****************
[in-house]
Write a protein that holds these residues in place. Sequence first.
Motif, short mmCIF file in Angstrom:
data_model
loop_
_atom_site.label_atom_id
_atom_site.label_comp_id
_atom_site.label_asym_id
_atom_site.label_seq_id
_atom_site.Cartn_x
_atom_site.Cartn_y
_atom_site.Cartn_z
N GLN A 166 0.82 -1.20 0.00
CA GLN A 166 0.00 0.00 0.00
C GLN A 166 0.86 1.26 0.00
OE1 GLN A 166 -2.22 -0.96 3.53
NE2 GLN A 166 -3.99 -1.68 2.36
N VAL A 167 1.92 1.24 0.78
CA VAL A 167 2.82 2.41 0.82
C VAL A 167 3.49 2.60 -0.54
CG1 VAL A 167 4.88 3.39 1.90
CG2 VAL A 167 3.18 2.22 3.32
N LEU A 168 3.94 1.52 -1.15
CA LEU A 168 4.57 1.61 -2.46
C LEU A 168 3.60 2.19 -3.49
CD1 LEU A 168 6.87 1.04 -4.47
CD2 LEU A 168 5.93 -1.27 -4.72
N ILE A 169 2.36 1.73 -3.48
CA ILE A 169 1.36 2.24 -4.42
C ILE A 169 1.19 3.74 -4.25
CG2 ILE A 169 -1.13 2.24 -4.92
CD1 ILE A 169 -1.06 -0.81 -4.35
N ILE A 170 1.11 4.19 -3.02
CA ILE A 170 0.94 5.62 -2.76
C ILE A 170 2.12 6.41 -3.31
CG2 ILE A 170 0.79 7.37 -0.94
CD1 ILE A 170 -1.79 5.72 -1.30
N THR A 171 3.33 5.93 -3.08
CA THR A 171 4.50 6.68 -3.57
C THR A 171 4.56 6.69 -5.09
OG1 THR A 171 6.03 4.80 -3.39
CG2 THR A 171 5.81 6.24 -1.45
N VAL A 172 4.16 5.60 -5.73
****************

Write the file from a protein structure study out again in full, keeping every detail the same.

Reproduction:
[in-house]
Write a protein that holds these residues in place. Sequence first.
Motif, short mmCIF file in Angstrom:
data_model
loop_
_atom_site.label_atom_id
_atom_site.label_comp_id
_atom_site.label_asym_id
_atom_site.label_seq_id
_atom_site.Cartn_x
_atom_site.Cartn_y
_atom_site.Cartn_z
N GLN A 166 0.82 -1.20 0.00
CA GLN A 166 0.00 0.00 0.00
C GLN A 166 0.86 1.26 0.00
OE1 GLN A 166 -2.22 -0.96 3.53
NE2 GLN A 166 -3.99 -1.68 2.36
N VAL A 167 1.92 1.24 0.78
CA VAL A 167 2.82 2.41 0.82
C VAL A 167 3.49 2.60 -0.54
CG1 VAL A 167 4.88 3.39 1.90
CG2 VAL A 167 3.18 2.22 3.32
N LEU A 168 3.94 1.52 -1.15
CA LEU A 168 4.57 1.61 -2.46
C LEU A 168 3.60 2.19 -3.49
CD1 LEU A 168 6.87 1.04 -4.47
CD2 LEU A 168 5.93 -1.27 -4.72
N ILE A 169 2.36 1.73 -3.48
CA ILE A 169 1.36 2.24 -4.42
C ILE A 169 1.19 3.74 -4.25
CG2 ILE A 169 -1.13 2.24 -4.92
CD1 ILE A 169 -1.06 -0.81 -4.35
N ILE A 170 1.11 4.19 -3.02
CA ILE A 170 0.94 5.62 -2.76
C ILE A 170 2.12 6.41 -3.31
CG2 ILE A 170 0.79 7.37 -0.94
CD1 ILE A 170 -1.79 5.72 -1.30
N THR A 171 3.33 5.93 -3.08
CA THR A 171 4.50 6.68 -3.57
C THR A 171 4.56 6.69 -5.09
OG1 THR A 171 6.03 4.80 -3.39
CG2 THR A 171 5.81 6.24 -1.45
N VAL A 172 4.16 5.60 -5.73